The controversial transatlantic tie-up between American Airlines, British Airways and Iberia has won final approval from the US Department of Transport, some 14 years after it was first proposed.
The green light clears the ways for the three carriers to jointly set prices, sell tickets and schedule flights through their Oneworld alliance, exempt from antitrust rules, the DoT said in a statement.
The decision follows last week’s approval by the European Union, and comes after two previous refusals by the regulators.
Separately, the DoT has also granted antitrust immunity to fellow oneworld members Finnair and Royal Jordanian.
Willie Walsh, chief executive of BA, described the transatlantic decision as “fantastic news”.
He said: “This is a great day for all three airlines and the oneworld alliance. We’ve waited 14 years to bring the benefits of the trans-Atlantic joint business to our customers and level the playing field with the other two global alliances.”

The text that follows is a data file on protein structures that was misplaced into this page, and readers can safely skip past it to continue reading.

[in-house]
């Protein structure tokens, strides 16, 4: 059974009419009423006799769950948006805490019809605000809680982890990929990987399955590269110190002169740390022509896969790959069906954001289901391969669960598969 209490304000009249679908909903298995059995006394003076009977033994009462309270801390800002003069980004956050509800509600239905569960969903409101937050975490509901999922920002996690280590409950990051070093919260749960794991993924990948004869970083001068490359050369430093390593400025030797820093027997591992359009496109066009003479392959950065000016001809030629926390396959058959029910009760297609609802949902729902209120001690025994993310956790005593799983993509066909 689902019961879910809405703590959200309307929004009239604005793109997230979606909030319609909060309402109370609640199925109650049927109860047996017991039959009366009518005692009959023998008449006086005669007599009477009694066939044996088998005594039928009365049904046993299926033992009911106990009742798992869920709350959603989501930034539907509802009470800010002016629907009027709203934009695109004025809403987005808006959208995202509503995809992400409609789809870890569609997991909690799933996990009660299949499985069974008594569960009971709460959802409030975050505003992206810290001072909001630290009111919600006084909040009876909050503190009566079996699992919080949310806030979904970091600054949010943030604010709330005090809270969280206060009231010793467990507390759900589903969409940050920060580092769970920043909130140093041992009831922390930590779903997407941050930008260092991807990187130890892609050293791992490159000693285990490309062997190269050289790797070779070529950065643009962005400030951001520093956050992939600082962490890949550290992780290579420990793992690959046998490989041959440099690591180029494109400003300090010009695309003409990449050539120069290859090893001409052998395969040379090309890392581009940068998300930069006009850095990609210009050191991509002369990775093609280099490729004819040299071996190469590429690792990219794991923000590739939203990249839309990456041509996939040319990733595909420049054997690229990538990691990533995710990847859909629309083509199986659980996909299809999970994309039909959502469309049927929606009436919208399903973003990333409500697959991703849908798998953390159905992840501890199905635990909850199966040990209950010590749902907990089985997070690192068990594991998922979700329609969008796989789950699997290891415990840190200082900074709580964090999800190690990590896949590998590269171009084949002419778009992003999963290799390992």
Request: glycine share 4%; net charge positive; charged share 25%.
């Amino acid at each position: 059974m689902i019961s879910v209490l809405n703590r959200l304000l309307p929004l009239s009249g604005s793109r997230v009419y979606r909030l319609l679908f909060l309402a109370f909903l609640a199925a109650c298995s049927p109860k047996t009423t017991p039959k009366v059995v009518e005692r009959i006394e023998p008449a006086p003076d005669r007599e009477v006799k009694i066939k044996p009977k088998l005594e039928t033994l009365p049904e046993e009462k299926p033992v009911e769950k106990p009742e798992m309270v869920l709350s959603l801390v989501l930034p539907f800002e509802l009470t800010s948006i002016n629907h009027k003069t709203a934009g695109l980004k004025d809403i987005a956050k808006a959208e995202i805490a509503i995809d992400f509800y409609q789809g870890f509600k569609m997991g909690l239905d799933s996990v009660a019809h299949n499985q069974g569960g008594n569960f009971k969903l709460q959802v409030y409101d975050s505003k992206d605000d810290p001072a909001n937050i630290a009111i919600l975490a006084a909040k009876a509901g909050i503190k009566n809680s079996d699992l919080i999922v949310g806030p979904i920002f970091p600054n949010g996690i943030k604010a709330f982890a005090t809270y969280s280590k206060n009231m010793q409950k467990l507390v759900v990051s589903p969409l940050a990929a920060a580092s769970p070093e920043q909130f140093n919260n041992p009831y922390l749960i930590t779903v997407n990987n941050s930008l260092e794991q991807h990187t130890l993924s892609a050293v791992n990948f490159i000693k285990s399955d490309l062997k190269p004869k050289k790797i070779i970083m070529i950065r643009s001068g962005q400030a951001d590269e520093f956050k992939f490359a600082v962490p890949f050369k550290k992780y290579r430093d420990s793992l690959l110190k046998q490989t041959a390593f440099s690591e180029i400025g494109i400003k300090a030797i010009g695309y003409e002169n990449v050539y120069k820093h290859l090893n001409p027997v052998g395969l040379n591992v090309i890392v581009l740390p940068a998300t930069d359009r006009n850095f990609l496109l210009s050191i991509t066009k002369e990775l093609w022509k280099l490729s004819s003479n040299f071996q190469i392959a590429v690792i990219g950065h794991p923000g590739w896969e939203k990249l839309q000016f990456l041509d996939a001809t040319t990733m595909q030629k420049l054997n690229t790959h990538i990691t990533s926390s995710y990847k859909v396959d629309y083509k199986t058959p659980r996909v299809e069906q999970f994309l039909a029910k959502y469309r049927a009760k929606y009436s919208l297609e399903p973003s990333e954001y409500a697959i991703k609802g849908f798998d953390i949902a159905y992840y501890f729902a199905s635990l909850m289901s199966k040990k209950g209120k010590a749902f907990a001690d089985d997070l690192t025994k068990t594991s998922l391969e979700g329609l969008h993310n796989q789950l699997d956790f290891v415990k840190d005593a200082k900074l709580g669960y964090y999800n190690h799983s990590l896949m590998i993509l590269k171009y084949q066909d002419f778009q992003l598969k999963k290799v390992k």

“As we have argued all along, the EU-U.S. market is highly competitive and Heathrow’s liberalization in 2008 opened it up even further. We are delighted that the U.S. and EU authorities have recognized this.”
However Virgin Atlantic’s Sir Richard Branson branded the DoT’s decision a “monster monopoly,” saying that the US regulator “has decided to put the interests of BA and AA before those of the flying public.”
The alliance is viewed within BA as being more important to its future than its pending merger with Spain’s Iberia, with chairman Martin Broughton last year saying that it is worth “hundreds of millions” of pounds to the British flag carrier.
The airlines are expected to launch a joint trans-Atlantic business this Autumn, co-operating on flights between the EU and the US, Canada and Mexico.
As part of the DoT’s approval, however, the airlines will be forced to give up four pairs of slots at London’s Heathrow airport to allow greater competition.
The decision by the DoT follows a similar decision from the European Commission a week ago.